Q & A with Kristen Hatch In this Q&A, we speak with Kristen Hatch, associate professor

the federal government stepping in and censoring the movies.

of film and media studies. Her book, Shirley Temple and the Performance of Girlhood, came out this February and explores

2. What was your most surprising discovery while writing

Temple’s early career in the context of the history of girlhood

and researching for this book?

and examines how her star image emerged out of the Victorian cult of the child.

I was surprised to discover that audiences didn’t appear to be troubled by the “Baby Burlesks,” though audiences today find

1. What inspired you to focus your research on Shirley

them very disturbing. This became the starting point for the

Temple?

book. In the course of my research, I found that it used to be quite common for little girls to impersonate sexualized women, and

I was doing research on Lolita figures, trying to understand

the very groups that were threatening to boycott Hollywood in

why audiences today seem to find images of sexualized girls to

the 1930s had given awards for children’s erotic impersonations

be more troubling than they did in the 1960s. Nabokov’s novel,

in the ‘teens and 1920s. Clearly, childhood meant something

Lolita, was published in France in 1955 (in the US in 1958), Elia

different in the early twentieth century than it does for us now.

Kazan’s “Baby Doll,” in which Karl Malden spies on his child bride as she sleeps, sucking her thumb in a crib, was released

As I dug deeper, I found that all sorts of things that seem

in 1956, and Stanley Kubrick’s film “Lolita” was released in 1962.

perverse to twenty-first-century audiences appeared benign to early twentieth-century audiences. For instance, in her

I became curious about how this figure of the fille fatale was

autobiography, Shirley Temple Black claims that Southern

imagined before Nabokov gave a name to Lolita, and I started

film exhibitors cut the sequences in her films in which she

looking for examples of eroticized girls prior to the 1950s. In the

holds hands with Bill “Bojangles” Robinson, who had been

process, I came across Shirley Temple’s “Baby Burlesks,” a series

the first black performer to headline on white vaudeville.

of short films that she made in 1932 when she was four years old.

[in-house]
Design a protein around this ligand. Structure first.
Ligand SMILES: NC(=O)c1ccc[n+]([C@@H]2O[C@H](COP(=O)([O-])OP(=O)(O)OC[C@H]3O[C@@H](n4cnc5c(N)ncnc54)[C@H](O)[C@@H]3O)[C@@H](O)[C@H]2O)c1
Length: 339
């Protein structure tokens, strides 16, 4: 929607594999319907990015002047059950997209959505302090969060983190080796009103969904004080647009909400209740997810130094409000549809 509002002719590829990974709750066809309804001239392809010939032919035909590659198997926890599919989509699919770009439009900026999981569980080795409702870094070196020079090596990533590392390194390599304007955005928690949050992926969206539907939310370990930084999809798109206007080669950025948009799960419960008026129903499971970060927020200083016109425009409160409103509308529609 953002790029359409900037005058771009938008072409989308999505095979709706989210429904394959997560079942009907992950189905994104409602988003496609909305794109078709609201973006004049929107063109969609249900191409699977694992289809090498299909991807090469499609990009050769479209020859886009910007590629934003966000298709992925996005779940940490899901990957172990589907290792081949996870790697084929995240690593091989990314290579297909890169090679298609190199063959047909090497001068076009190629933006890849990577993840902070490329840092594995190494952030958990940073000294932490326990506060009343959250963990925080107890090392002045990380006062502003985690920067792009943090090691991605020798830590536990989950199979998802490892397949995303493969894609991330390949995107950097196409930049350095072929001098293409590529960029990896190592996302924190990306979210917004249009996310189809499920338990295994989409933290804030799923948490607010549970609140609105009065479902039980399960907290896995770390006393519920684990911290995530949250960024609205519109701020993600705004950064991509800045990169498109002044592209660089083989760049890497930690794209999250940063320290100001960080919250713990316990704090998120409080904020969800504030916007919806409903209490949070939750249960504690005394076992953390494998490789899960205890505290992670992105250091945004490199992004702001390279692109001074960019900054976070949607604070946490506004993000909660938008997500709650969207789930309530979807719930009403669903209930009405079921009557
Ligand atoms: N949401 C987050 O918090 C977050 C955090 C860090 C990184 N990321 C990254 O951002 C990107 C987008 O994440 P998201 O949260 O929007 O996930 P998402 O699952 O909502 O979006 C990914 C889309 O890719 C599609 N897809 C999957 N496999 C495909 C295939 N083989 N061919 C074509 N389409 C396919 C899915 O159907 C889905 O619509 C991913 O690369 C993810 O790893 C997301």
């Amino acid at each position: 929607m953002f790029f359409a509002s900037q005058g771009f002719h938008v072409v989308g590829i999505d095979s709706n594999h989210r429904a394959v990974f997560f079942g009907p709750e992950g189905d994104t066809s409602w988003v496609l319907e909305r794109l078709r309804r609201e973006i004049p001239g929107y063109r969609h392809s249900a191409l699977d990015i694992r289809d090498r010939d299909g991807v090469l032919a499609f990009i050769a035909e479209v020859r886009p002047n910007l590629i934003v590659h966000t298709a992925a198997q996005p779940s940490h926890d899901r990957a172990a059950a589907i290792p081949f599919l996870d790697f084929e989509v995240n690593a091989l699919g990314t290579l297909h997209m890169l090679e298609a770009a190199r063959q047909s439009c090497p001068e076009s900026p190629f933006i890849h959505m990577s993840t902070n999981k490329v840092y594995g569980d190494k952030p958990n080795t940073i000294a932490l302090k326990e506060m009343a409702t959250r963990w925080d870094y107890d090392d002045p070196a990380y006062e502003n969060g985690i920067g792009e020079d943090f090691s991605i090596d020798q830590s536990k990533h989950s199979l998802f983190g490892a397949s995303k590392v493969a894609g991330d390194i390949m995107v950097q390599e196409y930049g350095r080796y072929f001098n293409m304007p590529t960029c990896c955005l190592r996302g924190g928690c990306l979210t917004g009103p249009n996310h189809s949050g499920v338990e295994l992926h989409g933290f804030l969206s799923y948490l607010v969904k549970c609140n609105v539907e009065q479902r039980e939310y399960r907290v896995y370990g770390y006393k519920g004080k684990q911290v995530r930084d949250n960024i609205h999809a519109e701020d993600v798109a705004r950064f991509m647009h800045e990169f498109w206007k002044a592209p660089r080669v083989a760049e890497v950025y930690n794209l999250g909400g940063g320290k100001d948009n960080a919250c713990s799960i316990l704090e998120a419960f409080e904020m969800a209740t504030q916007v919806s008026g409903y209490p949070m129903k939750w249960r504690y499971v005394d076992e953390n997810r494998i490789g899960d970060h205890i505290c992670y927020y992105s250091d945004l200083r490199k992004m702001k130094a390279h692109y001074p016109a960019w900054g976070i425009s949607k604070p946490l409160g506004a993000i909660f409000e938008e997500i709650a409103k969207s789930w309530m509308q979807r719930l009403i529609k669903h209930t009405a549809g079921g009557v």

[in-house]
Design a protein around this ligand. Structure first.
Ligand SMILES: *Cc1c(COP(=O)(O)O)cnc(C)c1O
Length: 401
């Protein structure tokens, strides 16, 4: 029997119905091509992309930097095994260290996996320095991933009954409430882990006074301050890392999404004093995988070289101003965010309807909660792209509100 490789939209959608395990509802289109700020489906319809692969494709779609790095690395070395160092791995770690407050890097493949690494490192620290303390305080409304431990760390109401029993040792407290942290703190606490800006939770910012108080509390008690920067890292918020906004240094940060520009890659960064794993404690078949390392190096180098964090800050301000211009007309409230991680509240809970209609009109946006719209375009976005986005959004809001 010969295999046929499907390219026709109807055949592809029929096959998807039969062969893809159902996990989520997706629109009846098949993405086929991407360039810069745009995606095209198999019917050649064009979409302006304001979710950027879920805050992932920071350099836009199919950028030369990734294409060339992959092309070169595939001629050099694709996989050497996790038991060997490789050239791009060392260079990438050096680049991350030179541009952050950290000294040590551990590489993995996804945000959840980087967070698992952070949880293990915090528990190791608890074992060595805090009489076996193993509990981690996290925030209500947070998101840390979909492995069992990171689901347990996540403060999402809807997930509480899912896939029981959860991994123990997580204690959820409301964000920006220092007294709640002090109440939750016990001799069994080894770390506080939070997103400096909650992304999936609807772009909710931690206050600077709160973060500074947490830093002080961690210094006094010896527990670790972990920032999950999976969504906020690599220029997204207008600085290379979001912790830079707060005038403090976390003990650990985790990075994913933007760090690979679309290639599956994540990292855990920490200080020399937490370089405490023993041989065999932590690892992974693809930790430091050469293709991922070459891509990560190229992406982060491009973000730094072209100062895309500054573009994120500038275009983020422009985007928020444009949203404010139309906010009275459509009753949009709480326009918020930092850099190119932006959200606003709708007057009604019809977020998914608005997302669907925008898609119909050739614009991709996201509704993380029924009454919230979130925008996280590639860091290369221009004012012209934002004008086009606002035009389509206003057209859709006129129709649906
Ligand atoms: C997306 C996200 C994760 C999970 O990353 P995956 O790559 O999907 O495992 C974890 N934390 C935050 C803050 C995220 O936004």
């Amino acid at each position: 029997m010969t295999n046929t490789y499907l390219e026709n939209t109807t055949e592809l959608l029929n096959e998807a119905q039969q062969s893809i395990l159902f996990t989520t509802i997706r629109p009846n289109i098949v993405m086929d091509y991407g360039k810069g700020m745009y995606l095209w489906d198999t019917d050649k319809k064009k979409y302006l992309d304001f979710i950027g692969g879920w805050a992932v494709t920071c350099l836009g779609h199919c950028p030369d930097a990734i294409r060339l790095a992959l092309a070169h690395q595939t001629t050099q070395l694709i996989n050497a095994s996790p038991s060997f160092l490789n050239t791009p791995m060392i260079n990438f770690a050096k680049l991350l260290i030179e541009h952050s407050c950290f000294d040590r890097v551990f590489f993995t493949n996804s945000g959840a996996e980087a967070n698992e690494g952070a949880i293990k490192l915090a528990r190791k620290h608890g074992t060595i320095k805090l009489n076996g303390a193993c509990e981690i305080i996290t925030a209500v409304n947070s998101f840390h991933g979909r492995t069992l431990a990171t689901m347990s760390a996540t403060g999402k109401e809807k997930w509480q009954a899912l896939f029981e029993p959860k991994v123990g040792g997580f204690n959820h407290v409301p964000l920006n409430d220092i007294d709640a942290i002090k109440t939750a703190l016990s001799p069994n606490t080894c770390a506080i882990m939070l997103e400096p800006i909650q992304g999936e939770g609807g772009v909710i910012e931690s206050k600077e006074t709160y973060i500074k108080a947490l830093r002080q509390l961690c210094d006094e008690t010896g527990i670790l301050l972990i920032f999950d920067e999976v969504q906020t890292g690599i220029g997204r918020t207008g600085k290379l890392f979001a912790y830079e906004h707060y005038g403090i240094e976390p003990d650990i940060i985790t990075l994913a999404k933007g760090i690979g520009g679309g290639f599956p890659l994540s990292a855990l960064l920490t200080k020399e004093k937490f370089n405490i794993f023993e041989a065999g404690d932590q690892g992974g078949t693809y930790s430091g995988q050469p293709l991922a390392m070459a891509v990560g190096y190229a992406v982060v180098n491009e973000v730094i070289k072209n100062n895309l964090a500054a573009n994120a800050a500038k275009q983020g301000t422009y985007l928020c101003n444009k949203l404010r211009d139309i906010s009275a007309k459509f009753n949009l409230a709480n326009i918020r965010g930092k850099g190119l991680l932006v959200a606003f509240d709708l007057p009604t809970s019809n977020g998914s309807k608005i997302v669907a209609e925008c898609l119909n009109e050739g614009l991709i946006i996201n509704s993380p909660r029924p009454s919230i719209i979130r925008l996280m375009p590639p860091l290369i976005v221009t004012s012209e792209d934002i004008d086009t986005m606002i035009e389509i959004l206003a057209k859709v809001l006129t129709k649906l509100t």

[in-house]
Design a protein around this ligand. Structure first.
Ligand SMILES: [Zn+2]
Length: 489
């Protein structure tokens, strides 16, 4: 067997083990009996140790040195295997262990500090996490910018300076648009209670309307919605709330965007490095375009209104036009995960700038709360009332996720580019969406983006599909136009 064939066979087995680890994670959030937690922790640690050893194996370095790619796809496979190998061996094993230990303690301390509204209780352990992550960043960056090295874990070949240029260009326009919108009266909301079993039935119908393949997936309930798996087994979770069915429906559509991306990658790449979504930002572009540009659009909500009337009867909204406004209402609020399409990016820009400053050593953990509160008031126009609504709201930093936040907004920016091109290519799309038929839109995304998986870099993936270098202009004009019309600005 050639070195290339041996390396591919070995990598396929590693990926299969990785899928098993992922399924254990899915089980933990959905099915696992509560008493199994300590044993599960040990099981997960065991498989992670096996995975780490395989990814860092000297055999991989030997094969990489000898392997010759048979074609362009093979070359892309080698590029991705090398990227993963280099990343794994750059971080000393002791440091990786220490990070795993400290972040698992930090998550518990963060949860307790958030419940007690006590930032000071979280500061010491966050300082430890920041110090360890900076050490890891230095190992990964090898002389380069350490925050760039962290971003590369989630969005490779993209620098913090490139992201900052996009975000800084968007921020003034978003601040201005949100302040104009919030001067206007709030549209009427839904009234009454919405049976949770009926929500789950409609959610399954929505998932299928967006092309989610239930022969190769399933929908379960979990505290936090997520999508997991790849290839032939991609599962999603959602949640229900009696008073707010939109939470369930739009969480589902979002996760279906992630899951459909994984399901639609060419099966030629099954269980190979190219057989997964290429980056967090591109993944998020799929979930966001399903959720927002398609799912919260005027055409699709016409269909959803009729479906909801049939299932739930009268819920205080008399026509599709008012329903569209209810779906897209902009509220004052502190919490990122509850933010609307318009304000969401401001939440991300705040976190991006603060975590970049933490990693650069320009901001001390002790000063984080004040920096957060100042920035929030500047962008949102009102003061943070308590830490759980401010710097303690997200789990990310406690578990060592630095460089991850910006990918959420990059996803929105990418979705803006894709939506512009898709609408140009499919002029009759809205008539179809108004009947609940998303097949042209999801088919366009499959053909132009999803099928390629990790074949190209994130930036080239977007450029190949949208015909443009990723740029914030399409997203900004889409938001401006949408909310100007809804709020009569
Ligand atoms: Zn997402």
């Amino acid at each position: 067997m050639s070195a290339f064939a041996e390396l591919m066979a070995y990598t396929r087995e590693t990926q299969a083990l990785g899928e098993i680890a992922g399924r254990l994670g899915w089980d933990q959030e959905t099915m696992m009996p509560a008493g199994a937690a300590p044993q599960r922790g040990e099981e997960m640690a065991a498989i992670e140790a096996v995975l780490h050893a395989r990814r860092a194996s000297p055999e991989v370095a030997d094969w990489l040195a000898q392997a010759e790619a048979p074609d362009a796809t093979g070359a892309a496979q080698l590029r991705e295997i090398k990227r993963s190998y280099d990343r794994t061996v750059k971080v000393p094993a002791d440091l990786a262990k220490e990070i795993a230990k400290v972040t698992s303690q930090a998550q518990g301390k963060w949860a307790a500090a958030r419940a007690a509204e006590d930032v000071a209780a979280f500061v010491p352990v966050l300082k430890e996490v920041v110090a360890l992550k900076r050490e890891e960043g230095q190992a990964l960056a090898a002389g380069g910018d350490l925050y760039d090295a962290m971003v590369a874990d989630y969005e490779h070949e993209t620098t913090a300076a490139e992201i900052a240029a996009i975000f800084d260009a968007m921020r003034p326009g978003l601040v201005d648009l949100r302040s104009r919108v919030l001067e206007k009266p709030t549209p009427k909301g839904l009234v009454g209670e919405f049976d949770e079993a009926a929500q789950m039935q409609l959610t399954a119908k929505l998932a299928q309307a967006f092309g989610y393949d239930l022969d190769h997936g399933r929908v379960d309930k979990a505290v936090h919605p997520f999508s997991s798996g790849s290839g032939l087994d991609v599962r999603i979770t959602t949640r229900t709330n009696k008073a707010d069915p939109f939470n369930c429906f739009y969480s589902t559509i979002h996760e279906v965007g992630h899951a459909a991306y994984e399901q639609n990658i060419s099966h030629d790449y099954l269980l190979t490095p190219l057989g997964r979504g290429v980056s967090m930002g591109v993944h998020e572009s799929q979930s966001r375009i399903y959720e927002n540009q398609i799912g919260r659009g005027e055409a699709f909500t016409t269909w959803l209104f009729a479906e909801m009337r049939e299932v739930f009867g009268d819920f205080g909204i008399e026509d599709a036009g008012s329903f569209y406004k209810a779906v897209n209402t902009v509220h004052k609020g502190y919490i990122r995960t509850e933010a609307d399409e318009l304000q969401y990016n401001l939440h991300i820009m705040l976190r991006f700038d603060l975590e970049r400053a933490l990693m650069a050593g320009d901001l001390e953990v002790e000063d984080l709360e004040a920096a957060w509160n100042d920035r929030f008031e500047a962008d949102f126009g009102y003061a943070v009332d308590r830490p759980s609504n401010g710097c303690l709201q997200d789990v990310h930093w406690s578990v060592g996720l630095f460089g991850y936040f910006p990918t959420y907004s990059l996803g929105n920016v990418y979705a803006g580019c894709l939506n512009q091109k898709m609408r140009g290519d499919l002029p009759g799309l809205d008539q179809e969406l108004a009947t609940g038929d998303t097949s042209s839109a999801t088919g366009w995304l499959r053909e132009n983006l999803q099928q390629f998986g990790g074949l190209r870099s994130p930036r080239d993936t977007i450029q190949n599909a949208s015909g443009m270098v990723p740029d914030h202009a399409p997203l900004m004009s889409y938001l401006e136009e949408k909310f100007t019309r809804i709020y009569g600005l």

However, when I looked through exhibitors’ reports on “The

The films are spoofs of popular Hollywood genre films from the

Little Colonel” and Temple’s other films with Robinson, I found

1920s and 1930s, with all the roles played by children dressed as

that southern exhibitors often identified their scenes together

adults. In these films, Temple was typecast as a femme fatale

as the highlight of these films. Similarly, audiences today are

(she was billed as a “devastating 36-month-old siren.”). In one,

often taken aback by Temple’s “Good Ship Lollipop” routine, in

she plays a prostitute in black, lacy lingerie and impersonates

which she sings her signature song to an enraptured audience

Mae West. In another, she sings in a saloon and flirts with two

of men, or to a sequence in “Poor Little Rich Girl” in which she

soldiers who compete for her affections, giving her lollipops in

sits on her co-star’s lap and sings “marry me and let me be your

exchange for kisses.

wife.” However, Depression-era audiences didn’t find anything objectionable in the image of an adult man cuddling a little girl

This seemed like a good starting point for thinking about

or of male fans gushing over Shirley Temple.

how audiences interpret sexualized images of children. In the 1930s, Hollywood was facing the threat of boycotts because religious and community groups objected to the violence and sexuality being depicted on screen. I imagined that there would be some interesting material about the apparent sexualization of Shirley Temple in the archives of the Studio Relations Committee, which was very concerned about the possibility of

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I began researching children’s performances on stage from the

popularity that had been enjoyed by Shirley Temple and previous

1880s onward as well as their performances in silent-era film,

child stars, and many of the conventions that had shaped Temple’s

and I found that all of these things that seemed so strange and